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U.S. Students Abroad

Even Swarthmore Can’t Be Harder Than Eating a Bowl of Sheep’s Head Soup

By Zachary Wiener ’12

Global_weiner_zachary.jpgMy sophomore year was tough for me—both academically and emotionally. As the year went on, I found myself disconnected from the sense of adventure I’d developed in my childhood years. I wanted a more visceral learning experience—one where I could learn by doing. Investigating my options, I made a bet with myself: “Go as far away as possible, both physically and culturally; see if you can not only survive, but thrive there. I bet you can’t.” A short application, a few trips to the Mongolian consulate in DC, and two stuffed suitcases later, I found myself on a plane bound for Ulaanbaatar.

If I had to choose one word to describe my experience in Mongolia, it would be “wild.” I had no time to be scared or shocked or sometimes even reflective. My first step was to become acquainted with Ulaanbaatar’s bustling, nameless streets. I mastered the UB bus system, found all the Internet cafes, attended expatriate poetry readings, and learned to argue in pretty decent Mongolian with the taxi drivers who wanted to overcharge me. Out on the steppe with nomadic herders or in small villages with local salespeople, I became immersed in a culture I had only read about in National Geographic. Exotic tasks quickly became familiar—things like keeping a herd of goats in one place, riding a horse through the tall steppe grasses, disinfecting sheep for foot-and-mouth disease, and putting up and taking down yurts (gers in Mongolia). Every new experience—whether eating horse meat or boiled goat innards; drinking fermented mare’s milk or cheap Mongolian vodka; seeing the smog ring over the city or the sun set over a mountain; feeling the best Mongolian cashmere or the old goat whose hair was shorn to make it—helped me acknowledge my inhibitions, then abandon them. I can’t begin to enumerate the lessons I learned. When I write to my Mongolian friends, I always sign, ” I miss Mongolia, but one day I will return!"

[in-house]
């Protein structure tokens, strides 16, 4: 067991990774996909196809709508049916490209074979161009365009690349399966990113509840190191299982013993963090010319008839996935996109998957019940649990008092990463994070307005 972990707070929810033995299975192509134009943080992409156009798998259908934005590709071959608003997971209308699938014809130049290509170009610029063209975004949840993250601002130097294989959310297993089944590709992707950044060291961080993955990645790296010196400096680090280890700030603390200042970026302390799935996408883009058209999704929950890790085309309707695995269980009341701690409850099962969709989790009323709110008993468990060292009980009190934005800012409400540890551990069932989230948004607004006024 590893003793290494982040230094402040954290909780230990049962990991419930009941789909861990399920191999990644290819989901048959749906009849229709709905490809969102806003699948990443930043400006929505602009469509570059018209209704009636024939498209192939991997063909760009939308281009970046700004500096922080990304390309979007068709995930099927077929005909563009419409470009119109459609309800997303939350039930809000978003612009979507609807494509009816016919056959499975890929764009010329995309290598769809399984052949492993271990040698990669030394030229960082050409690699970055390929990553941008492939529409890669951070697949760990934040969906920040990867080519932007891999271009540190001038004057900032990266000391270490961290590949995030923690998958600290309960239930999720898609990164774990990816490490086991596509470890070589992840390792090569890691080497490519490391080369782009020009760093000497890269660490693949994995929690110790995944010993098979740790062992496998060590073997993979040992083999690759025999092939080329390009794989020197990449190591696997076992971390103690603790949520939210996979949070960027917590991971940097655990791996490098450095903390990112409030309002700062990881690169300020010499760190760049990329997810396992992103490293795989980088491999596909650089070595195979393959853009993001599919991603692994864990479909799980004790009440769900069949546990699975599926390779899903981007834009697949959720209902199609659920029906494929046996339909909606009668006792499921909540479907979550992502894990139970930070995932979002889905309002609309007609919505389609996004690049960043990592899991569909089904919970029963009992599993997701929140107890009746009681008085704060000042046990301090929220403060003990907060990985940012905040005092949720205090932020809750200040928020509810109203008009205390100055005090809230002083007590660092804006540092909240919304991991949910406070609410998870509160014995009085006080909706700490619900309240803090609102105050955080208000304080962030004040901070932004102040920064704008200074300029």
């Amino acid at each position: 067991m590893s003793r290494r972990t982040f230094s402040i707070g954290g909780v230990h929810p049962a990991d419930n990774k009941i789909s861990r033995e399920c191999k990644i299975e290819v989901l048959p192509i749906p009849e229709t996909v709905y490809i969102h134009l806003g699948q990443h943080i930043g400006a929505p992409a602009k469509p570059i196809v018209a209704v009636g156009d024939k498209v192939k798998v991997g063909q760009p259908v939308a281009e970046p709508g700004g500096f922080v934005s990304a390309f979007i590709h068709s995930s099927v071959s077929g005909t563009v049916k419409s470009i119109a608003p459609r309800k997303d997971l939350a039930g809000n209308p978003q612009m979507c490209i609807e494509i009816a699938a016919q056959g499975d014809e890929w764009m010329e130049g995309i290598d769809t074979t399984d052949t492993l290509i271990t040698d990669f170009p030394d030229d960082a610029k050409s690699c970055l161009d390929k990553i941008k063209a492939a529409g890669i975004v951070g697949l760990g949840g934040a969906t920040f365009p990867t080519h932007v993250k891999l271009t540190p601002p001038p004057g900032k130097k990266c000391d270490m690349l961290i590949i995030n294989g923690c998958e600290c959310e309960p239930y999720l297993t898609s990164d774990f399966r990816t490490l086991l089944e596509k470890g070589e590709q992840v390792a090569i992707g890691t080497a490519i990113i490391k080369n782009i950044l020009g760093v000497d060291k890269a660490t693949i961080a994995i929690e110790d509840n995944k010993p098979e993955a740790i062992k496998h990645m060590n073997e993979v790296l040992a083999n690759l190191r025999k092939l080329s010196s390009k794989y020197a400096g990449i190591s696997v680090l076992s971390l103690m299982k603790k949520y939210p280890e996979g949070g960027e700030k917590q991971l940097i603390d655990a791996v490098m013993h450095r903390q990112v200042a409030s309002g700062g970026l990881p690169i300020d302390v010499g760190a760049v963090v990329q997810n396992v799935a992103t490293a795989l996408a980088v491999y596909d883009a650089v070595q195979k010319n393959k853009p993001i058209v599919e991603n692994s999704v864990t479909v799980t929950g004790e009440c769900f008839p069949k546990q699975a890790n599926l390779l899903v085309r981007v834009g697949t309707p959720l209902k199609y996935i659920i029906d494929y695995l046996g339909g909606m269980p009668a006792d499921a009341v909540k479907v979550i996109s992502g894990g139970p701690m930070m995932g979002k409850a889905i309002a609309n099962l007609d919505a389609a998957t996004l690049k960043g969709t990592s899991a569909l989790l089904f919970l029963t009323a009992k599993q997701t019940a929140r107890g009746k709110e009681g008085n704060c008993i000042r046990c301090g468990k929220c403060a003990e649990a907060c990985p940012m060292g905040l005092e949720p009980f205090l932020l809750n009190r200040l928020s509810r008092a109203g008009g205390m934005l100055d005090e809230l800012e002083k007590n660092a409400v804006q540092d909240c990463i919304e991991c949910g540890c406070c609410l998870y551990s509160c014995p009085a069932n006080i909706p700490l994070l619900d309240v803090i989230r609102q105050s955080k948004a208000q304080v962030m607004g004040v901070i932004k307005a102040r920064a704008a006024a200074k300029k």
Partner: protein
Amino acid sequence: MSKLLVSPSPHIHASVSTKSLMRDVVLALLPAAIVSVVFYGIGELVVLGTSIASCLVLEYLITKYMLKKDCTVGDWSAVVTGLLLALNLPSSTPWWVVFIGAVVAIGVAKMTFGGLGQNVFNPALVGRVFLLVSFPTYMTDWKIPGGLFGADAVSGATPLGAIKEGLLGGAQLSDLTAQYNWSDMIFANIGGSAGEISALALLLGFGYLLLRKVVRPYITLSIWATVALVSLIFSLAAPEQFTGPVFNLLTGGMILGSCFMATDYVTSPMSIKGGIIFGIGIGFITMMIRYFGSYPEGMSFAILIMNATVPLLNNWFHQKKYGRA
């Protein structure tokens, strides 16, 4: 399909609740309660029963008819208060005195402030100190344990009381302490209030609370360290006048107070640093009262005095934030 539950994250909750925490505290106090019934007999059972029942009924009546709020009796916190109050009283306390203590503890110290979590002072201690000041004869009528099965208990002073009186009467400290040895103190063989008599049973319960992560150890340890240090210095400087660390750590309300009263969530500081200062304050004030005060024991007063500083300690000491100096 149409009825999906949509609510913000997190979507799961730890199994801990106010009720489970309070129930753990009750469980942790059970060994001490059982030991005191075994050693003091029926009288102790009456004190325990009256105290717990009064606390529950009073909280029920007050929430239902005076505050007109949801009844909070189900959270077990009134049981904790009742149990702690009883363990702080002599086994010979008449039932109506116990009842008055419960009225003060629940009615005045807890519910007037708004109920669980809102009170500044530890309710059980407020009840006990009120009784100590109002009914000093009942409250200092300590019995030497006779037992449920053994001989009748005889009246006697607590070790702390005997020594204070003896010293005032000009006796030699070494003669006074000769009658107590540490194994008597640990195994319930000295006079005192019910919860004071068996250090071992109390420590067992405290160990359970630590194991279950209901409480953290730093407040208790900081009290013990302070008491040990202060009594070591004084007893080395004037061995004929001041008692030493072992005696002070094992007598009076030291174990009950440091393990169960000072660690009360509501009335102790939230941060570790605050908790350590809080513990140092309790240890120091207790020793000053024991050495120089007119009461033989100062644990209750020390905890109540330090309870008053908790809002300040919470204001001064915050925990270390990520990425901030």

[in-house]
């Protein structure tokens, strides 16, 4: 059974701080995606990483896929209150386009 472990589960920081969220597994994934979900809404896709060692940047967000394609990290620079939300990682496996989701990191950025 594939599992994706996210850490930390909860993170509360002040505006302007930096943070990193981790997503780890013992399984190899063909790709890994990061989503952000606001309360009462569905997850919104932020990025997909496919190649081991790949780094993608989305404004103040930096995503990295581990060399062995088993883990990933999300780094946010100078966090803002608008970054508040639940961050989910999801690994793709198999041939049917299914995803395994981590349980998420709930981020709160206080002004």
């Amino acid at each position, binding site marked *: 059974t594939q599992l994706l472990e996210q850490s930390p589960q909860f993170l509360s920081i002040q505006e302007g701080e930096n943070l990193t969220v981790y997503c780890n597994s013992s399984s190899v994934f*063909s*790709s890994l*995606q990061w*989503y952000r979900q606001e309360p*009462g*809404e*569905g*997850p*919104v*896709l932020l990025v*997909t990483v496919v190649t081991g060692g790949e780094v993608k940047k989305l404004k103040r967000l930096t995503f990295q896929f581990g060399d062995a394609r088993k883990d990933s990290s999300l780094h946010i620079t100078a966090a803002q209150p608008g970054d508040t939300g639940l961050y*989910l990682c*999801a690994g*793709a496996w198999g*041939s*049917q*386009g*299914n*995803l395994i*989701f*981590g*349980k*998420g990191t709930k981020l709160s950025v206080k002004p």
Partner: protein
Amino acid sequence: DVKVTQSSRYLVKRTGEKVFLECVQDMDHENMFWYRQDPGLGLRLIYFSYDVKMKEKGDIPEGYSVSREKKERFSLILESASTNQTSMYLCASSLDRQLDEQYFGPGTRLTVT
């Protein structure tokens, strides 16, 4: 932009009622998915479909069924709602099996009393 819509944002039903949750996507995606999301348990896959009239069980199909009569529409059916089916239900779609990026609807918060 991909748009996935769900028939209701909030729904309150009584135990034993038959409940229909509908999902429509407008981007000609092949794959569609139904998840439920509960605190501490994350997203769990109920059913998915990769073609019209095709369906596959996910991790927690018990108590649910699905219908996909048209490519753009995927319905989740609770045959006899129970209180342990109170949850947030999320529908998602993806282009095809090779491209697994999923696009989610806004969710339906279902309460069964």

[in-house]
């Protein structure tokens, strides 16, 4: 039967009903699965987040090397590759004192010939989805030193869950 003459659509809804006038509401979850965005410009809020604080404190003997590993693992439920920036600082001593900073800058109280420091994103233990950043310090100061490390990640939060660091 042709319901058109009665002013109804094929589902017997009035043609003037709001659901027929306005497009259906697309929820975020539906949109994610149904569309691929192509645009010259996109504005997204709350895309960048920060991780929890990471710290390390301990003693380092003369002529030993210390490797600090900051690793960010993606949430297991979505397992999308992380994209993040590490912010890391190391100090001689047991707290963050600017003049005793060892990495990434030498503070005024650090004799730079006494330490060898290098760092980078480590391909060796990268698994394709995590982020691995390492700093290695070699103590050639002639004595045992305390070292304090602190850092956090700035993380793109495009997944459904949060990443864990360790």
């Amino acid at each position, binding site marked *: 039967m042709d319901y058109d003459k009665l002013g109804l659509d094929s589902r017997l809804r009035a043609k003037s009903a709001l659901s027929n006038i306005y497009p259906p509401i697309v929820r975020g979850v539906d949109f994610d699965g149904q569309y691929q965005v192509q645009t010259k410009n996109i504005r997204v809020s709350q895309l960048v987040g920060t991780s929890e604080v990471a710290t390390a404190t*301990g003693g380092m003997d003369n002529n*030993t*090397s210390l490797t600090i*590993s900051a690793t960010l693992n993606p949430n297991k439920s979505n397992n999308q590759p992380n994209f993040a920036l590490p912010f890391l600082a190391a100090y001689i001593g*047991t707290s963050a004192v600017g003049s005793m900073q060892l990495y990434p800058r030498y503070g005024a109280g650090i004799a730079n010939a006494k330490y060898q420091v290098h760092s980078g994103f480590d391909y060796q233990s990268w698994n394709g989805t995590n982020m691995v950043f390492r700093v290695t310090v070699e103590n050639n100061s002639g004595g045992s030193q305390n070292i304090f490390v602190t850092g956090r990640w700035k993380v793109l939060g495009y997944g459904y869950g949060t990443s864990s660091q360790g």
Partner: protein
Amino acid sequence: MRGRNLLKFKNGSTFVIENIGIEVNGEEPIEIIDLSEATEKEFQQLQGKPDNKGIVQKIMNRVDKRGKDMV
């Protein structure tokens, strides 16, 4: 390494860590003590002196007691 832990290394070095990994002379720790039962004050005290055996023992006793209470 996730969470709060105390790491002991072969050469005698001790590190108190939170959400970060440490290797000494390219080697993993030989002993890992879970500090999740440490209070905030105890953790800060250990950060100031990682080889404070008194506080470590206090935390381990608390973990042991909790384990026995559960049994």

I have taken valuable lessons from my time in Mongolia that will help me survive some of the pressures of Swat. Bending over an honors seminar paper, it’s easy to see your whole world as a microcosm: Your perspective has a way of setting its parameters to exaggerated markers of success. That’s when I try to sit back and tell myself, “OK, Zack, get some real perspective: This can’t be harder than eating a bowl of boiled sheep’s head soup!” It works wonders for my work ethic.

FACTOID: Swarthmore College students may participate in more than 200 study-abroad programs. About 40 percent of the student body spends a semester or full year abroad.

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